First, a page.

Governor says drought over, local restrictions to last another month

SAN DIEGO (CNS) – Gov. Jerry Brown declared an end to California's drought Wednesday, but it could be another month before water use restrictions are lifted in the city of San Diego, and longer in the East County.

The governor cited recent findings that the water content of the snowpack in the Sierra Nevada mountains is 165 percent of normal, and reservoirs that feed the state water project are near capacity.

“The supplies the state of California manages (are) in good shape this year,” said Ken Weinberg, director of water resources for the San Diego County Water Authority. “Things are so good there could be a carry-over into next year, so that's why I think they made the decision.”

Water that ends up in San Diego faucets and shower heads is distributed by the Los Angeles-based Metropolitan Water District of Southern California and then delivered to local water agencies by Weinberg's agency.

The MWD Board of Directors will vote on allocations at its next meeting April 12. The county water authority board will make similar decisions a couple of weeks later. Only then will local water agencies, like the city of San Diego, know how much water will be available next year, said Alex Roth of the mayor's office.

“We're really optimistic the way the numbers look,” Roth said. “I think we are closely examining the idea of lifting water restrictions.”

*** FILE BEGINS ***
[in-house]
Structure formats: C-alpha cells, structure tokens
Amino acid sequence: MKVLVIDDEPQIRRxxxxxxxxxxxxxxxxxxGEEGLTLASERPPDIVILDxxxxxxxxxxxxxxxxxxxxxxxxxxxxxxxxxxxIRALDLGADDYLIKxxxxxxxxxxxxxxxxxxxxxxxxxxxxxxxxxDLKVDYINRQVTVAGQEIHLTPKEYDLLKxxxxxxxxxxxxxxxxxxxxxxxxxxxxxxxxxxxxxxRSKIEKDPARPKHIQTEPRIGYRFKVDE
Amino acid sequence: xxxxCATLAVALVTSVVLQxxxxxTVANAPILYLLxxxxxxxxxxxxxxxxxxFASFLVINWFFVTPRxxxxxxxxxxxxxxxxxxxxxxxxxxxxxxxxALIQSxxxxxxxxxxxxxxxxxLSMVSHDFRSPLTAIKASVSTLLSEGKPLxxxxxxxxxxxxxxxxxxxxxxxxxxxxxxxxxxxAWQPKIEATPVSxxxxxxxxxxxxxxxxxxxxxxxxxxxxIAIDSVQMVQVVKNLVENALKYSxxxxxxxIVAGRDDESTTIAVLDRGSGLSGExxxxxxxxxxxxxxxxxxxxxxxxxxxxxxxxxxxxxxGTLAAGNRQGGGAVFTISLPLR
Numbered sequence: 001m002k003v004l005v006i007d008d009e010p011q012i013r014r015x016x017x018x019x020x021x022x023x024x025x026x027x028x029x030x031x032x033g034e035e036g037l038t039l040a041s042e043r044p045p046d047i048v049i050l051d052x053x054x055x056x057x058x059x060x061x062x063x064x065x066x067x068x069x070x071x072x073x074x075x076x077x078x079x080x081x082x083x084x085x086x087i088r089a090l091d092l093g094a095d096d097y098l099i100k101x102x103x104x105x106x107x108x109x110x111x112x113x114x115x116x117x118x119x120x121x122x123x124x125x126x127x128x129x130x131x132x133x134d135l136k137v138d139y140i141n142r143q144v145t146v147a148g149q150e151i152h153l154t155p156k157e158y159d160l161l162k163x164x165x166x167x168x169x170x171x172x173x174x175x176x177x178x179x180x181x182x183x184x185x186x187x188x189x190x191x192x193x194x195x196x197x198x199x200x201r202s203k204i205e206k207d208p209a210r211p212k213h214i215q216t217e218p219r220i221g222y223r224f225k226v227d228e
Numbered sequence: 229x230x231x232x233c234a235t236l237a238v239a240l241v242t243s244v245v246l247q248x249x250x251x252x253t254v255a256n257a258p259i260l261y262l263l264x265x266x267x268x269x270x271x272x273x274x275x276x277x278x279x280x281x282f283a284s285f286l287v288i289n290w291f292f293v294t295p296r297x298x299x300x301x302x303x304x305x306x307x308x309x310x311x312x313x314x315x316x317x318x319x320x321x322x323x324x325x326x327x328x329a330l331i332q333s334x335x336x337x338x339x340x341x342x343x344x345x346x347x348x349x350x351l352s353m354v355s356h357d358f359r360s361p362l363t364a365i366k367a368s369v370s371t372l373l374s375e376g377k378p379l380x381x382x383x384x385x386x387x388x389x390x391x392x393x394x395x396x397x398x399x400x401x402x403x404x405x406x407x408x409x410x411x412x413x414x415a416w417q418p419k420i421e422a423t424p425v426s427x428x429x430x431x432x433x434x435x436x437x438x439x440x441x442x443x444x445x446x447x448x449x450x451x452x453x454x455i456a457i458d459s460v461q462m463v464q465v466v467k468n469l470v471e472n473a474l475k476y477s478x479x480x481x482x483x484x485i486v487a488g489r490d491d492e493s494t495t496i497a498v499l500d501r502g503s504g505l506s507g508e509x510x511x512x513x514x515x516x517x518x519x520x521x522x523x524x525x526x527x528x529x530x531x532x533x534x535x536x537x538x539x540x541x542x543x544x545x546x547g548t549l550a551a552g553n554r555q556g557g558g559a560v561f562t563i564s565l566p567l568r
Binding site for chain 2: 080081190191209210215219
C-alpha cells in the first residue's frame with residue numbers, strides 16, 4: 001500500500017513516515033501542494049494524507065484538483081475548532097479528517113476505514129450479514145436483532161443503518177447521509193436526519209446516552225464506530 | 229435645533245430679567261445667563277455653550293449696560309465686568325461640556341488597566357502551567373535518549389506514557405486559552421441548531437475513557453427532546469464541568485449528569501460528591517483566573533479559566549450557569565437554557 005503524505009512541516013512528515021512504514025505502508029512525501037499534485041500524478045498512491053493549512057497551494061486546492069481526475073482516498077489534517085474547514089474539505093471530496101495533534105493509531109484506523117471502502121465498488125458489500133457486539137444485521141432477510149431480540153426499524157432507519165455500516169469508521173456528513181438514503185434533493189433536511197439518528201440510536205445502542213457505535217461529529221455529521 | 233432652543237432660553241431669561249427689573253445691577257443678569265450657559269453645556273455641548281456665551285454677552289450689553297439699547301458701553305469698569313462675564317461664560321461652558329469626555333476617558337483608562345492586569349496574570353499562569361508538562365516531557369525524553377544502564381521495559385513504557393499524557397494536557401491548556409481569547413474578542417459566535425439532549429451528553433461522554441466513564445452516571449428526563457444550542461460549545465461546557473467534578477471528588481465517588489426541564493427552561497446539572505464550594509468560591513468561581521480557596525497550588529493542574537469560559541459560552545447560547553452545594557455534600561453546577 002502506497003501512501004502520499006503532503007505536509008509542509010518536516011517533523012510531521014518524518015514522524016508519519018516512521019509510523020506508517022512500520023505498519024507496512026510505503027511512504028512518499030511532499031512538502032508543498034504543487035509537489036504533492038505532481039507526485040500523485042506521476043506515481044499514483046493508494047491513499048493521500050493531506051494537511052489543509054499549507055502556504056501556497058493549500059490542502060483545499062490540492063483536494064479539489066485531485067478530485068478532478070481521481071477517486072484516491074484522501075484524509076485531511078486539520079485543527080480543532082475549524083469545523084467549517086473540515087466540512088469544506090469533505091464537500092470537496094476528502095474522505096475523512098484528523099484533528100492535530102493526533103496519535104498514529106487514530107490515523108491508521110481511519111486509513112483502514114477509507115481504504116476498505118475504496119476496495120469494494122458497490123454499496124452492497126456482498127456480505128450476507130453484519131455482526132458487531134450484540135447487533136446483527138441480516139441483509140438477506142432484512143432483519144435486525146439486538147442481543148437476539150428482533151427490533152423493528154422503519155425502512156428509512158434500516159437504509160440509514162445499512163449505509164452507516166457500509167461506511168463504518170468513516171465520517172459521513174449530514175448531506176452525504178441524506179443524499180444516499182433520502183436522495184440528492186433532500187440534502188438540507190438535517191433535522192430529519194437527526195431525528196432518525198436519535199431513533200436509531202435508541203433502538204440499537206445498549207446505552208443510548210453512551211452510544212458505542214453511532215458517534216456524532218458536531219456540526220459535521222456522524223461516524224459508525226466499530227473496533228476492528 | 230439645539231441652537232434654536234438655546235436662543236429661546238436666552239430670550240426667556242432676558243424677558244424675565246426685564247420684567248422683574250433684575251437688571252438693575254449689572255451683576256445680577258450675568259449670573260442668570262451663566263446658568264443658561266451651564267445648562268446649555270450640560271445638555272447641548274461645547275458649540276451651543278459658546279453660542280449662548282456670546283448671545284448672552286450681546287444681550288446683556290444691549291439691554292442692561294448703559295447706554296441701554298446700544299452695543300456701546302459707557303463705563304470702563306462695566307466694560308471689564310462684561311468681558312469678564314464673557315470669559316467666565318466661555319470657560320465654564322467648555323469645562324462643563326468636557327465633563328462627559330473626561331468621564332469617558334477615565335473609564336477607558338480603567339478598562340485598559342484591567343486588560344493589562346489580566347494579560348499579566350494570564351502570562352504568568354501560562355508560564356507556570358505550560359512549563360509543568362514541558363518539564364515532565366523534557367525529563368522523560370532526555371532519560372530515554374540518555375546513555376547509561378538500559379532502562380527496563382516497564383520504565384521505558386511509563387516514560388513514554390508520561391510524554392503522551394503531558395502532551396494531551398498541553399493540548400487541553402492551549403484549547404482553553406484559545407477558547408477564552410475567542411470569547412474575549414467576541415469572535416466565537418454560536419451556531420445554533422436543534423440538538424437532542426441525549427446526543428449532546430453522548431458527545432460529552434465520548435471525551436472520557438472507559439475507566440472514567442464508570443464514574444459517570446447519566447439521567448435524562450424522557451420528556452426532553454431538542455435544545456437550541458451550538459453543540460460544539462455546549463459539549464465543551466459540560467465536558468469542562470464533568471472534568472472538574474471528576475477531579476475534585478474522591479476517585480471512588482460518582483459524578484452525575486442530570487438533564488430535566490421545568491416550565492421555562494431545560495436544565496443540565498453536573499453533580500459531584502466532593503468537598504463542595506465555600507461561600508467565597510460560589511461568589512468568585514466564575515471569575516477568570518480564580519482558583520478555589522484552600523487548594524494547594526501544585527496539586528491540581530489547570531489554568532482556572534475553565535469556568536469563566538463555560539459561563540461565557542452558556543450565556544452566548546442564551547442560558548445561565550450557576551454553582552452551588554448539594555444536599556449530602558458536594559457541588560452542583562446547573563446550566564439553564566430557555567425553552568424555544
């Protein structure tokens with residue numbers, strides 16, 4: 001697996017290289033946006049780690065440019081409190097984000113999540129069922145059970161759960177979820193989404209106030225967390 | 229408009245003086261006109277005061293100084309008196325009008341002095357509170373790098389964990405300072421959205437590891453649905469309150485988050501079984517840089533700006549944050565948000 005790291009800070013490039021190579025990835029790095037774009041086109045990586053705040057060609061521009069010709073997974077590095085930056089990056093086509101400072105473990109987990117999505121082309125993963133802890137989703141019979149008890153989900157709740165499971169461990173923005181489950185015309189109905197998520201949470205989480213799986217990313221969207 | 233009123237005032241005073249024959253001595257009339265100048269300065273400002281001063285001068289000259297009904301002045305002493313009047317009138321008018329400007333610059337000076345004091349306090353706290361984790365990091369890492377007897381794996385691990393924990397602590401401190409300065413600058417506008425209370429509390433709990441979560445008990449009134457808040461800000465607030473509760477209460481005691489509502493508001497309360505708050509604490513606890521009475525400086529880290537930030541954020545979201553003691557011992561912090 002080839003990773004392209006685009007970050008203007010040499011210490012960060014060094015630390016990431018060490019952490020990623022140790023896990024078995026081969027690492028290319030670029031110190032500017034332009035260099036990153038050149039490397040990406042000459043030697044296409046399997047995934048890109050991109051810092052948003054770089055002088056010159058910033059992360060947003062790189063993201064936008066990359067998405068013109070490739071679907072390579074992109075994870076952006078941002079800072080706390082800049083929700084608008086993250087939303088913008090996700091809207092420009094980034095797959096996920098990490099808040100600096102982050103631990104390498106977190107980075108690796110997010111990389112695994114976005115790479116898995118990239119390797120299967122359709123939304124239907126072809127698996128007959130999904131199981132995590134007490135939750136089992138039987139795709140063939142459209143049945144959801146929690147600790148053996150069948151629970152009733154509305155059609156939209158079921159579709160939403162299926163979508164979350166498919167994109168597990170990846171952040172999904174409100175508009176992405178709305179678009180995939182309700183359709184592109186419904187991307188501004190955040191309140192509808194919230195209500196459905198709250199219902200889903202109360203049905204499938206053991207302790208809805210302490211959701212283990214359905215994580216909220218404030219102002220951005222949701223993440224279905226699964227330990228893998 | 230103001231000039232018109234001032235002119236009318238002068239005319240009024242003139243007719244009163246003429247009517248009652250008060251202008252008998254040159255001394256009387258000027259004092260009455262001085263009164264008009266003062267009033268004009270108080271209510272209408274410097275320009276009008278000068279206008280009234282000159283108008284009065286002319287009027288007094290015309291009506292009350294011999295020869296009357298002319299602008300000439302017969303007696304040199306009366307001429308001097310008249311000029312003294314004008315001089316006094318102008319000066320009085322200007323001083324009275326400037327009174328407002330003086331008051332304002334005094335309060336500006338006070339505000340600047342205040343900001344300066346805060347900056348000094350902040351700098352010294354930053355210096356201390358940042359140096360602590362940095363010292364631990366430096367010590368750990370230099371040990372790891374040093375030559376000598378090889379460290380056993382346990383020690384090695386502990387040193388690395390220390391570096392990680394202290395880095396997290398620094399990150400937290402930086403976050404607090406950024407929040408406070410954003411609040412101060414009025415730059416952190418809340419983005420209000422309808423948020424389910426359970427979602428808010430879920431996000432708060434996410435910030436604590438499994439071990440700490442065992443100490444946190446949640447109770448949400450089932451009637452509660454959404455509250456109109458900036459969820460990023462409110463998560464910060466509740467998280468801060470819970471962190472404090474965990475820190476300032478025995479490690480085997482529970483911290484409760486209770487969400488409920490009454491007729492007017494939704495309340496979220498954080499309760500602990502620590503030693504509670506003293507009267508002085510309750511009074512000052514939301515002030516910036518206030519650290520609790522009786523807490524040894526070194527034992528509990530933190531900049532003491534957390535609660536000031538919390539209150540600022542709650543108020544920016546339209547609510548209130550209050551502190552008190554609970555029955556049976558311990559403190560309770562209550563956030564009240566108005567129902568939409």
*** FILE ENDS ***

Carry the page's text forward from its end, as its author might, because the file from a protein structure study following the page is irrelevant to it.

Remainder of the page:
Since June 1, 2009, residents of the city of San Diego have been able to do landscape watering only three days per week and are prohibited from washing down their driveways, while restaurants only served water to customers upon request.

In the year after the restrictions went into effect, San Diegans reduced water usage by 11 percent, more than the city's target of 8 percent.

Weinberg said though this has been a good year for water, the long-term reliability of supply issues remain, so conservation remains a good practice.

“Long-term, the same issues are still there,” Weinberg said.

The governor echoed the theme in his statement announcing the end of the drought.

“While this season's storms have lifted us out of the drought, it's critical that Californians continue to watch their water use,” Brown said. “Drought or no drought, demand for water in California always outstrips supply. Continued conservation is key.”

A proclamation issued by Brown officially rescinded an executive order put out by former Gov. Arnold Schwarzenegger in 2008, and ends states of emergency adopted in 2008 and 2009.

It could be May before the board of directors of the Helix Water District — which serves a large part of the East County — will have the information needed to consider lifting water use restrictions, said Rich Stevenson, the finance manager of the HWD.

Stevenson also said residents need to remember that the long-term supply issues have not gone away.

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